- The traffic was backed up.
- The client hasn’t gotten back to me with the information.
- My support staff hasn’t prepared the documents yet.
- I’ve been here less than a year, I inherited the current sales team.
- The leads I get from my internal partners are not very good.
Today, I’m addressing the salespeople and the sales managers who follow us in social media and listen to our weekly audio postcards. There continues to be an epidemic, a virus if you will, that has a negative impact on results and productivity. The symptoms are those that I stated in the beginning of this message. The “reasons” given for lack of results are too often thrown about and accepted as reasonable explanations. The problem is, though the conditions may exist that make it difficult to accomplish a task or reach a goal, the explanations are just excuses for failure.
A friend of mine, Whitey Kollmeier, president of the First National Insurance Agency, gave me a audio book titled, The Hard Thing about the Hard Things. One of the comments made early on by the author is the following:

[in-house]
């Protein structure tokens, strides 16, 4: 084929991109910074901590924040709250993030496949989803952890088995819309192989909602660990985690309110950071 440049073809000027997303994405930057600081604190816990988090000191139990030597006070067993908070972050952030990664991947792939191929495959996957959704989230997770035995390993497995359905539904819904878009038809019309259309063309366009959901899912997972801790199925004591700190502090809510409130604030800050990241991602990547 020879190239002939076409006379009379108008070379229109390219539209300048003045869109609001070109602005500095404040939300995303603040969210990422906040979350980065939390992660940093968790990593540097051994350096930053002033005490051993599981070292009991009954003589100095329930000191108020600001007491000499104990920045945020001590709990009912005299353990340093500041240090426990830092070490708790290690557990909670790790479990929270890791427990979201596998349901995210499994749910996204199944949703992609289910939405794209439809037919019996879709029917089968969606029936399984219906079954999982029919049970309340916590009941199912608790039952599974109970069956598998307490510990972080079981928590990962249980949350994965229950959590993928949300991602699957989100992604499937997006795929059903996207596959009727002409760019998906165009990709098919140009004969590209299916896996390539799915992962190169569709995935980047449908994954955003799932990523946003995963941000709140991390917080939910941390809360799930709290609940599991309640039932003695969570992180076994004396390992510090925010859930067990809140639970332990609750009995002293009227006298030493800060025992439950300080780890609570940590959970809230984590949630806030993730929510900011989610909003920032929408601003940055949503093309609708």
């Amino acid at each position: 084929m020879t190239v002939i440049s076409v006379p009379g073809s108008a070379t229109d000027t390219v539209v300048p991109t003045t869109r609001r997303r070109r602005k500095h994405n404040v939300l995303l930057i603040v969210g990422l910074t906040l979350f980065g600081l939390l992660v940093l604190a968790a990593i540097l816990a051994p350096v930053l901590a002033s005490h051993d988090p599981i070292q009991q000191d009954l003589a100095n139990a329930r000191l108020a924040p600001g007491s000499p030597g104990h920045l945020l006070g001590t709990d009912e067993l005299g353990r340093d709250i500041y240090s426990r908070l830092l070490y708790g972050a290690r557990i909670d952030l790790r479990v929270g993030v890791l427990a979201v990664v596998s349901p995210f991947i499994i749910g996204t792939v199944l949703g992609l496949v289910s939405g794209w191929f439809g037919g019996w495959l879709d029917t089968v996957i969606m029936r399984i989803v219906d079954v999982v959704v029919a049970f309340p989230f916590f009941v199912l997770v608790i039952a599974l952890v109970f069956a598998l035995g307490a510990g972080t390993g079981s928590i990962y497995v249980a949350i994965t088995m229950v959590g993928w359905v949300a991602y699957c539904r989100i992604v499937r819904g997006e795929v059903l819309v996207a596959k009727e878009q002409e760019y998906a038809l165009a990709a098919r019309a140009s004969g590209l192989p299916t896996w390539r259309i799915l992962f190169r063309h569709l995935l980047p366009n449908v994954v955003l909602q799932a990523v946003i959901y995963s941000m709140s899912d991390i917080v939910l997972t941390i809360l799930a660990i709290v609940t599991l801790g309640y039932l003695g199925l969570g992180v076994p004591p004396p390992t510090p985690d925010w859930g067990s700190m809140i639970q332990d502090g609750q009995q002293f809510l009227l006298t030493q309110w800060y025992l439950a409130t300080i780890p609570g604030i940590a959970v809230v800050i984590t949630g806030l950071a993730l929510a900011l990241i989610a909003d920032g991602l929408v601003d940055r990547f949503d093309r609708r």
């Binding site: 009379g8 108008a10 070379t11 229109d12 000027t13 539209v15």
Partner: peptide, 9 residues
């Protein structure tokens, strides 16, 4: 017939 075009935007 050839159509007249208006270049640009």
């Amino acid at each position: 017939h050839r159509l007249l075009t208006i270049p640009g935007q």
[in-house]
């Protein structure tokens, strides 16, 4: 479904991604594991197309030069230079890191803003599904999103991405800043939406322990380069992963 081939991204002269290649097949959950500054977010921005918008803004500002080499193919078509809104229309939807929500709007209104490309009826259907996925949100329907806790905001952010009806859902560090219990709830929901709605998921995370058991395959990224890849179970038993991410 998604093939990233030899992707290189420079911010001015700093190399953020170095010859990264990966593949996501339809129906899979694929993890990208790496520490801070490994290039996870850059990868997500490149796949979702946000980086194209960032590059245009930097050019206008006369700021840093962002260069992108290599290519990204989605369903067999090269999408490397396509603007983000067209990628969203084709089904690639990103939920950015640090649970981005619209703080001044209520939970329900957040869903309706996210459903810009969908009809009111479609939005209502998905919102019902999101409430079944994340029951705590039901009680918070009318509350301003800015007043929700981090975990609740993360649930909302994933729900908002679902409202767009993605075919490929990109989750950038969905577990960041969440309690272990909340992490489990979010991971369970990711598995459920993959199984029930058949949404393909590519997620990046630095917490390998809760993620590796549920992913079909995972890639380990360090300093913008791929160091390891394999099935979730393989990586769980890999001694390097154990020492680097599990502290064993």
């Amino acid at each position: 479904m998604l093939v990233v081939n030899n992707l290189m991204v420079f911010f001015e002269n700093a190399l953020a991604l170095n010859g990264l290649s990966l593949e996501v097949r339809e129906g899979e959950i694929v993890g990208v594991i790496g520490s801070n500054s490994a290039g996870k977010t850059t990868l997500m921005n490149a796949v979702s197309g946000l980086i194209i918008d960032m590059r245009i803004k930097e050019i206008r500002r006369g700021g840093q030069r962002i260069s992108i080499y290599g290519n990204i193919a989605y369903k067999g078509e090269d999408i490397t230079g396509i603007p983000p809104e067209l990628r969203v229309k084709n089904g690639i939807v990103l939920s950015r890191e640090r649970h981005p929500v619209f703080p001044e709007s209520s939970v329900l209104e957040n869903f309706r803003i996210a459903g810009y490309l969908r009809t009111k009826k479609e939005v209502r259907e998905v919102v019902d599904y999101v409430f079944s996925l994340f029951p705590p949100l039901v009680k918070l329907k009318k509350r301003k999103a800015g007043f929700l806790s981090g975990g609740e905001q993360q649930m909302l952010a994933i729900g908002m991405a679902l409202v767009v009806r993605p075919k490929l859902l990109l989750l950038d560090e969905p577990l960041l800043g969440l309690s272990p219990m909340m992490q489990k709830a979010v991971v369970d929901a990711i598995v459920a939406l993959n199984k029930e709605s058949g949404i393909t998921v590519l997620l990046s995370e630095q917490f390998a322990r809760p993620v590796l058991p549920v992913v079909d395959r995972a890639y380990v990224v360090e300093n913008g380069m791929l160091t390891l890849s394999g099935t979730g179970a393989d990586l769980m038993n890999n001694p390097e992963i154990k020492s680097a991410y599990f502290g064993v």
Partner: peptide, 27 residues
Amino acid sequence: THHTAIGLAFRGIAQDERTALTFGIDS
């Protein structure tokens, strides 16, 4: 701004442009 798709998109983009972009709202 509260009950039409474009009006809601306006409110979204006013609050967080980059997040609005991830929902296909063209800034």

“The first tragedy of failure is truth.”
I get what Ben Horowitz is saying. I see it and hear it day in and day out when talking to my clients and prospects. Everyone seems to want to blame someone or something when goals, ambitions or objectives are not achieved. The bottom line though is that - instead of finding a way over, under, around or through the obstacle - people just throw up their hands and say, “not my fault”.
The problem with making and accepting excuses is that the barriers to success never get broadened or broken. The excuses become kind of like the invisible fence for pets. The pet wears a collar that provides a slight correction when they get to the electrified underground wire. They stop just short of the invisible fence, never willing to go through the pain of reaping the reward of what might just be on the other side of the fence. You may want that for your pets, but do you really want that for yourself or your sales team?
You may not realize this, but that is costing you and your family or company a lot - a lot of time, money, energy and or resources. It’s costing your freedom of choice and freedom of time. It’s costing your dreams. Instead of accepting the “reasons” as real, properly address them as excuses and ask yourself this: If I didn’t use that as an excuse, what would I do differently?
As always, thank you and have a perfect day.